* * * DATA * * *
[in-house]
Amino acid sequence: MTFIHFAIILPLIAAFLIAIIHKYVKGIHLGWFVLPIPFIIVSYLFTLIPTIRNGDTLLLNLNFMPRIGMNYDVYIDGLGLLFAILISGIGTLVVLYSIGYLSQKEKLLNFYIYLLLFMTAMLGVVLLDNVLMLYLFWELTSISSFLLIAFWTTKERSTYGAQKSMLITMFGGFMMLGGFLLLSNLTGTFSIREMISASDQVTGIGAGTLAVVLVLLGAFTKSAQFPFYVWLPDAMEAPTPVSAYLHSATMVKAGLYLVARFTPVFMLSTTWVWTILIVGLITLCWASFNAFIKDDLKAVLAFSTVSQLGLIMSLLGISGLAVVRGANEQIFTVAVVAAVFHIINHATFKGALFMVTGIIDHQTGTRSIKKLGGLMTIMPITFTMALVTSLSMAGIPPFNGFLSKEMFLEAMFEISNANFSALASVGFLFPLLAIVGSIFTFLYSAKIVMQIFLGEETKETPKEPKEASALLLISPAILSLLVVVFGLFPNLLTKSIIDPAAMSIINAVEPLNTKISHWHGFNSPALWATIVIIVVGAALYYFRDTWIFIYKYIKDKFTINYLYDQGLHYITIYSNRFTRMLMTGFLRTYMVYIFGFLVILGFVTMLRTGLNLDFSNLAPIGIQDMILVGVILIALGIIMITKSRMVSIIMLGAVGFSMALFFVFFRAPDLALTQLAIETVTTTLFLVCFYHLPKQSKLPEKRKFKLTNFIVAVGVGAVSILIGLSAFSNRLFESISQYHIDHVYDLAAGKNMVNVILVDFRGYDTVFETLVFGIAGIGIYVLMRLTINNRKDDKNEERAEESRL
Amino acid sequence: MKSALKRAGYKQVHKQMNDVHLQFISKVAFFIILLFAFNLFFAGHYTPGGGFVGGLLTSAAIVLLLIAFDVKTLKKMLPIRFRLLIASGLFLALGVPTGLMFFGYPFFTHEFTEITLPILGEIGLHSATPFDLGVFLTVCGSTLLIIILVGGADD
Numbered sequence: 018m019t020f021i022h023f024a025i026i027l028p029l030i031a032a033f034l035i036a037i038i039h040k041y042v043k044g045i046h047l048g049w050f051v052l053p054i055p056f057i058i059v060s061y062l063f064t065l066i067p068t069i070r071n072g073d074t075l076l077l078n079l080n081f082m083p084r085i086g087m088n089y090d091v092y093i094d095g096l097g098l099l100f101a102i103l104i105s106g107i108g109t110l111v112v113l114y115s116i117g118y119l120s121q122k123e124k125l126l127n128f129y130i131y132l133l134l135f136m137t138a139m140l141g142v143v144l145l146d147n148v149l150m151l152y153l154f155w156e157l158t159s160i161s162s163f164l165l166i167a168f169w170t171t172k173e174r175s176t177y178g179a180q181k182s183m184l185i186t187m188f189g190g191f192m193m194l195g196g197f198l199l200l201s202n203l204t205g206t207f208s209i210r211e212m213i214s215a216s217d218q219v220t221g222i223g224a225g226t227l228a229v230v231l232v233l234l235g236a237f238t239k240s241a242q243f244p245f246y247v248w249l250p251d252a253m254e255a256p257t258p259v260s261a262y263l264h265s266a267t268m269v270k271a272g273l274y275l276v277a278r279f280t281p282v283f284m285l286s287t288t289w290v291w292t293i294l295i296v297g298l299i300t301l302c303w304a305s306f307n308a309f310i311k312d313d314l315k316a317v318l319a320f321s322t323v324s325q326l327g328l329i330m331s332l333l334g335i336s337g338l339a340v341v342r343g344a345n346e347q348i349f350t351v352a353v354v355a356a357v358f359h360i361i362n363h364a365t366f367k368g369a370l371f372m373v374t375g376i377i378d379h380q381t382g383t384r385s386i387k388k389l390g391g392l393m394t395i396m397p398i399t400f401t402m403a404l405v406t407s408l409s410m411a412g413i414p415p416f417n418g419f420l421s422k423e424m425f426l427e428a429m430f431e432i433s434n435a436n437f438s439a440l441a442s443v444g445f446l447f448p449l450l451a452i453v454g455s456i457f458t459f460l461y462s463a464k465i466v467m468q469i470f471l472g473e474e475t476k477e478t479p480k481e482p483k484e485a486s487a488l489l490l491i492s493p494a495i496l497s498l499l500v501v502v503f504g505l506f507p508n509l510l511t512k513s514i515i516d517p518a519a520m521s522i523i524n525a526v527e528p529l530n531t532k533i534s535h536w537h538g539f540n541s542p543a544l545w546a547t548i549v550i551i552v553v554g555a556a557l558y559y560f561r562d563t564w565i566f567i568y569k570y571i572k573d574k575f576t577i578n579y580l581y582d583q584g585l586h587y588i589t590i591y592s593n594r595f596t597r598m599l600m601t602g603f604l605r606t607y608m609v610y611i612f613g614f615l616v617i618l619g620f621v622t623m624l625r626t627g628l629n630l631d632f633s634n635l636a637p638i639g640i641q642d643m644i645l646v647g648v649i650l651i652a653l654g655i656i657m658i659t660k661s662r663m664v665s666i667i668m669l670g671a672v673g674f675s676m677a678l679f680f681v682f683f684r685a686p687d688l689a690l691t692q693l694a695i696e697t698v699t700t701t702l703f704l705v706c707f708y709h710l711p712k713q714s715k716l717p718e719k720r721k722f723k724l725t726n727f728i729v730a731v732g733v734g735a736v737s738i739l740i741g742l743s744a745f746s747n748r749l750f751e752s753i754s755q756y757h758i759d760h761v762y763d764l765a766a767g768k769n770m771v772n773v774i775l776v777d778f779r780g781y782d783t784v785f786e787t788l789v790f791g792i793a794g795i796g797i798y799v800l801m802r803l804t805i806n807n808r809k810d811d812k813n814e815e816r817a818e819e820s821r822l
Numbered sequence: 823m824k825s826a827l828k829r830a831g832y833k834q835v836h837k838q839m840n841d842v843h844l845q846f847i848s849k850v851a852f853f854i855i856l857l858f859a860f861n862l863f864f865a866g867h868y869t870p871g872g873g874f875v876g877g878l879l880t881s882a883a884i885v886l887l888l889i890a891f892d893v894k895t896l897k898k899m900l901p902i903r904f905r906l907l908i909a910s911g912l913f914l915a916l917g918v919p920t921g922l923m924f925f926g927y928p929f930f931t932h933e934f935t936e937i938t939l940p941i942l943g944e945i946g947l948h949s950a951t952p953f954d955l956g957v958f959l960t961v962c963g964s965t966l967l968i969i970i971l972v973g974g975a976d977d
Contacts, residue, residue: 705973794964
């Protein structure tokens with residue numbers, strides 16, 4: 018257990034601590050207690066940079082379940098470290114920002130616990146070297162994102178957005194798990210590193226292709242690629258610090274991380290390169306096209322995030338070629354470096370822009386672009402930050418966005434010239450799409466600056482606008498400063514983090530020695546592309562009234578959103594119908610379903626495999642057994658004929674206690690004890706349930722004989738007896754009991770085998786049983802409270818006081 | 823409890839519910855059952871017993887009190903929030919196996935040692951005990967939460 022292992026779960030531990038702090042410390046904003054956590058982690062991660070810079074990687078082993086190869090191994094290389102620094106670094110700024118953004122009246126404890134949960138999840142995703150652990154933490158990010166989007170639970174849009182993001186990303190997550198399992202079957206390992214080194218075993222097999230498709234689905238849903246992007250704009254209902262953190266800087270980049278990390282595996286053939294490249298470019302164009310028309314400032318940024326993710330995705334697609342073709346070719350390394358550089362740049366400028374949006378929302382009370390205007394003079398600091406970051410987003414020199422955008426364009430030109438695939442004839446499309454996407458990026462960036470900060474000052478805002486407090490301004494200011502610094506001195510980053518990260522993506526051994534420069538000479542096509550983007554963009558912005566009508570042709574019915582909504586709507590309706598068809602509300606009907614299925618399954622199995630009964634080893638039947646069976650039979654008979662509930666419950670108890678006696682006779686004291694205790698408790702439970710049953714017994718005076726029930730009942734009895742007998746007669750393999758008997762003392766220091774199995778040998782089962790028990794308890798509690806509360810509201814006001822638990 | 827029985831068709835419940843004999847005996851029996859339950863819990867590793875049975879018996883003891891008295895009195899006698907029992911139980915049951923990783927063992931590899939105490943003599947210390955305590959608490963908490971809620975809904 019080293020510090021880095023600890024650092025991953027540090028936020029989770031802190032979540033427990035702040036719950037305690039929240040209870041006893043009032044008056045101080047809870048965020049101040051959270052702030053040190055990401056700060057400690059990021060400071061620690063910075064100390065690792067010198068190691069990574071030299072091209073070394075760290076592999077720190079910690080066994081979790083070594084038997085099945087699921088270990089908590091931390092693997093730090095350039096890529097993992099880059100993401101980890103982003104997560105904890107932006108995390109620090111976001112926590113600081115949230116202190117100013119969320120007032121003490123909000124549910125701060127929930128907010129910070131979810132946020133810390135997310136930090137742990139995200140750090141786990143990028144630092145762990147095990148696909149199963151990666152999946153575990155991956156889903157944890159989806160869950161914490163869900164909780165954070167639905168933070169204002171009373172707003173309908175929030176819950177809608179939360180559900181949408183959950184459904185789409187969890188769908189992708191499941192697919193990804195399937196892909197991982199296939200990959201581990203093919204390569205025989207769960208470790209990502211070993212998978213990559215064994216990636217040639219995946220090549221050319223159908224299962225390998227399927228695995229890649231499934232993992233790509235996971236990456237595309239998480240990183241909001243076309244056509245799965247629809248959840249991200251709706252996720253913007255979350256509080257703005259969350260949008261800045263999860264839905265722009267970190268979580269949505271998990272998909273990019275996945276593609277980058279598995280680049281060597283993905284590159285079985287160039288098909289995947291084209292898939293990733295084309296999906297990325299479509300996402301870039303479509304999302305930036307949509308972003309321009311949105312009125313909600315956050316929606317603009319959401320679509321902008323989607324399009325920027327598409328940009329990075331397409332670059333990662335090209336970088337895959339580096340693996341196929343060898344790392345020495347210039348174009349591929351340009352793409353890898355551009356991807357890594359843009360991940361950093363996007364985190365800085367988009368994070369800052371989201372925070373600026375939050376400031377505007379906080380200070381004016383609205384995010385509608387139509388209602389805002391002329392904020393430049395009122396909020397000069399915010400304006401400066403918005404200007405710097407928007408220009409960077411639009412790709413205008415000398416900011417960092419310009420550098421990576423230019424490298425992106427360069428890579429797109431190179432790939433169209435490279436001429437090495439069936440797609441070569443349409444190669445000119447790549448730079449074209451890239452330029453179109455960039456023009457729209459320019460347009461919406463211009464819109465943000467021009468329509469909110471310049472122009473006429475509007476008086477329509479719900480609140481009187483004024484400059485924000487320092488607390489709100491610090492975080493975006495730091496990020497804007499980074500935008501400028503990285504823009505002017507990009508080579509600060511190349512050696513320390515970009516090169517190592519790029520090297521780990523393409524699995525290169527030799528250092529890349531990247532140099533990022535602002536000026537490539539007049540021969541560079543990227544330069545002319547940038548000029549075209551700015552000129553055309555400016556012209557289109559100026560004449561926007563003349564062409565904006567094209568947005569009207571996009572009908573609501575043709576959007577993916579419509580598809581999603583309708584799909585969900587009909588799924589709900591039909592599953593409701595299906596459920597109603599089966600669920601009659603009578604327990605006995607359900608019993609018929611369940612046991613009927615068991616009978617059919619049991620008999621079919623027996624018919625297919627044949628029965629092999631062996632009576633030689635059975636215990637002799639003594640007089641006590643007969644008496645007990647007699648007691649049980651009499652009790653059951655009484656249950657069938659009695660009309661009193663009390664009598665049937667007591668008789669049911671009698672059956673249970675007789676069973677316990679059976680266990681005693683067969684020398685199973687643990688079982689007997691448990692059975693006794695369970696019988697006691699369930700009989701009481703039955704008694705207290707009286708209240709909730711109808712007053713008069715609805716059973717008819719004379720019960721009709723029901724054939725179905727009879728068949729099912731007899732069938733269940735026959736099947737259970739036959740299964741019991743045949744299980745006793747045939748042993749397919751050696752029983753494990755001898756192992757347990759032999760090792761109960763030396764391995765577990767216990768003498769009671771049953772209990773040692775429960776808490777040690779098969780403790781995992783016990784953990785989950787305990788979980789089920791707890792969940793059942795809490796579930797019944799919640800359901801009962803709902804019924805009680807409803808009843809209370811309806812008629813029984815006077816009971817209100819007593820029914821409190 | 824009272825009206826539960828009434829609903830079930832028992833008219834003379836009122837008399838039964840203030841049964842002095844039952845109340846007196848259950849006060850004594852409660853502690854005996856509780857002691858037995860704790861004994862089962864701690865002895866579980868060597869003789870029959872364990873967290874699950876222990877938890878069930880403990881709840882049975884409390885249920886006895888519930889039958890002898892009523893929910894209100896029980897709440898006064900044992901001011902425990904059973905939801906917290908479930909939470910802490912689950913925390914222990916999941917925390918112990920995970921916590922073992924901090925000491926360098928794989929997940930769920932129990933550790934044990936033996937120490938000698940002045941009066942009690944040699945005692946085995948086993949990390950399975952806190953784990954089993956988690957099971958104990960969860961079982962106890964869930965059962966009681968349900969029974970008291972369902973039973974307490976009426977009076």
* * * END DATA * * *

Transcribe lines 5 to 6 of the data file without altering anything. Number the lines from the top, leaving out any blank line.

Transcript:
Numbered sequence: 823m824k825s826a827l828k829r830a831g832y833k834q835v836h837k838q839m840n841d842v843h844l845q846f847i848s849k850v851a852f853f854i855i856l857l858f859a860f861n862l863f864f865a866g867h868y869t870p871g872g873g874f875v876g877g878l879l880t881s882a883a884i885v886l887l888l889i890a891f892d893v894k895t896l897k898k899m900l901p902i903r904f905r906l907l908i909a910s911g912l913f914l915a916l917g918v919p920t921g922l923m924f925f926g927y928p929f930f931t932h933e934f935t936e937i938t939l940p941i942l943g944e945i946g947l948h949s950a951t952p953f954d955l956g957v958f959l960t961v962c963g964s965t966l967l968i969i970i971l972v973g974g975a976d977d
Contacts, residue, residue: 705973794964